More than 220 doctors working in Aboriginal Community Controlled Health Services have funded a series of newspaper advertisements supporting the Voice. Emeritus Professor Jennifer Reath explains why below.
Jennifer Reath writes:
You might have seen the advertisements appearing in newspapers around the country over the past few days – signed by 228 doctors working in Aboriginal Medical Services.
I am writing to Croakey readers to share the backstory to that advertisement, in the hope that it might motivate others to do whatever you can with your networks to support the momentum for a Yes vote.
All of the work and fund-raising that went into making those advertisements began less than a week ago, last Friday (6 October).
I am a non-Indigenous GP and academic who has had the immense privilege of working in Aboriginal Community Controlled Health Services for more than 30 years. I have worked in services in urban, regional and remote settings in New South Wales, the Northern Territory, Queensland and South Australia.
As a result, I have first-hand experience of communities leading policies and services – the ACCHS philosophy of community control. It was obvious to support both the Uluru Statement and a Yes vote for a constitutionally enshrined Aboriginal and Torres Strait Islander Voice to Parliament and the executive.
Last Friday I realised that I’d been waiting for someone else to provide a message from doctors like me working in the sector in support of a Yes vote. I realised then that it was time to step up.
Leaders in the community controlled health sector endorsed my idea and with the support of colleagues, including Dr Tim Senior and many others, I am proud that in a matter of days we were able to raise $28,000 and 228 signatories for the open letter. I am grateful to each and every colleague who donated dollars as well as their names, and also thank Yes23 and Aaron Green there who did the graphics and placed the ad for us.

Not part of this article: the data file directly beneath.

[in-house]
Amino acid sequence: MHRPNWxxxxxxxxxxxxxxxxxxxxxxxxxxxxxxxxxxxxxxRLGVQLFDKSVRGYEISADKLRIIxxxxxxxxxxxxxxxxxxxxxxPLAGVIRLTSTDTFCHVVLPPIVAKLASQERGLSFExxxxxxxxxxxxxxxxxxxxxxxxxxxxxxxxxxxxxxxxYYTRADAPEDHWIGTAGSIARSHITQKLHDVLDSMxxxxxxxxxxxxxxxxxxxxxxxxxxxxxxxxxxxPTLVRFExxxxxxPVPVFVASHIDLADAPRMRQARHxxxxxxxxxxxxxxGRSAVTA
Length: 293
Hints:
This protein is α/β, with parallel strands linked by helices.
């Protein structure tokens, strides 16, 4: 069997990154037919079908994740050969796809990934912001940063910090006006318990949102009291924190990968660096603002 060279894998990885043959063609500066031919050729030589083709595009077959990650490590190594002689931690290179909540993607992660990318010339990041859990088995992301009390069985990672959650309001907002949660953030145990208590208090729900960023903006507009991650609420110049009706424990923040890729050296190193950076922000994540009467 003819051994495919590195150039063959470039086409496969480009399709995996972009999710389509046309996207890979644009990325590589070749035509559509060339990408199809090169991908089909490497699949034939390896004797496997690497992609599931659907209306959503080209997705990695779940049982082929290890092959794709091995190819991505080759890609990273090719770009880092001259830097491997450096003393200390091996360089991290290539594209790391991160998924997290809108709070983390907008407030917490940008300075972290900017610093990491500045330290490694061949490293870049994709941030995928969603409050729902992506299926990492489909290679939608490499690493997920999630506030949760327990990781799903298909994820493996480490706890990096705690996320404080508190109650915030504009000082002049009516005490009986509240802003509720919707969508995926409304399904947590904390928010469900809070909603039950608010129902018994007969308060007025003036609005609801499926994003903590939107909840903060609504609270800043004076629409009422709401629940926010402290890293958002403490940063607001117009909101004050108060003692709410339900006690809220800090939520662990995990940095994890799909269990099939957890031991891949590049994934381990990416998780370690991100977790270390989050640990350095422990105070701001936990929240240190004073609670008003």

I was honoured that the Australian Indigenous Doctors Association agreed to authorise the advertisement, and note that more than a dozen of the signatories are Indigenous doctors. Some of these colleagues shared deeply personal stories with me about why the Voice is so important to them and their families and communities.
Since we finalised the advertisement, at least another 20 doctors have been in touch wanting to add their names. If there had been more time, I’m sure we would have had at least 300 signatories.
Working on this campaign over the past week has reminded me just what an amazing group of doctors and communities I have had the privilege of working with. It has been an amazing sector to work in.
To be honest, I’ve been quite horrified by the misinformation spread during the campaign and have worried that Australia seems to be following the polarisation seen in the United States.
But this week I’ve been handing out Yes leaflets at Mt Druitt, where I helped set up an AMS here 36 years ago, and have been enormously heartened by the positive responses. People have been telling me, ‘of course I’m voting yes’.
I’d like to end by encouraging you all to wear your Yes badges and T-shirts, talk to people, hop on the phones, have those conversations.
And the final words come from our collective, as expressed in the advertisement:
“As doctors who have worked with Aboriginal and Torres Strait Islander people in health services run by their communities, we have seen first hand the health and social disadvantage in these communities and the toll it takes on individuals, families, communities and our nation.
“We have seen the improvements in health, employment, education and empowerment that having a voice in their healthcare makes in these communities.
“We believe the Voice to Parliament is the best chance we have of spreading these improvements more widely. It’s a belief based on our day-to-day work. We know that listening to our patients, and working with them, is the best way to improve health.
“We urge you to consider your vote carefully. Please take this opportunity we are offered to find a new and better way of working together with Aboriginal and Torres Strait Islander peoples to enable them the same future as other Australians.
“We believe a YES vote will bring healing to our nation as a whole.”
• Jennifer Reath is an emeritus professor in the School of Medicine at Western Sydney University. She retired from practice as a GP a year ago but remains involved with research and professional activities. In recognition of her life long work in Aboriginal health, Professor Reath was awarded the 2016 Associate Member of the Year by the Australian Indigenous Doctors Association.
• Note from Croakey: Minor edits were made to this article after publication.
See Croakey’s portal on the Voice, compiling articles, resources and statements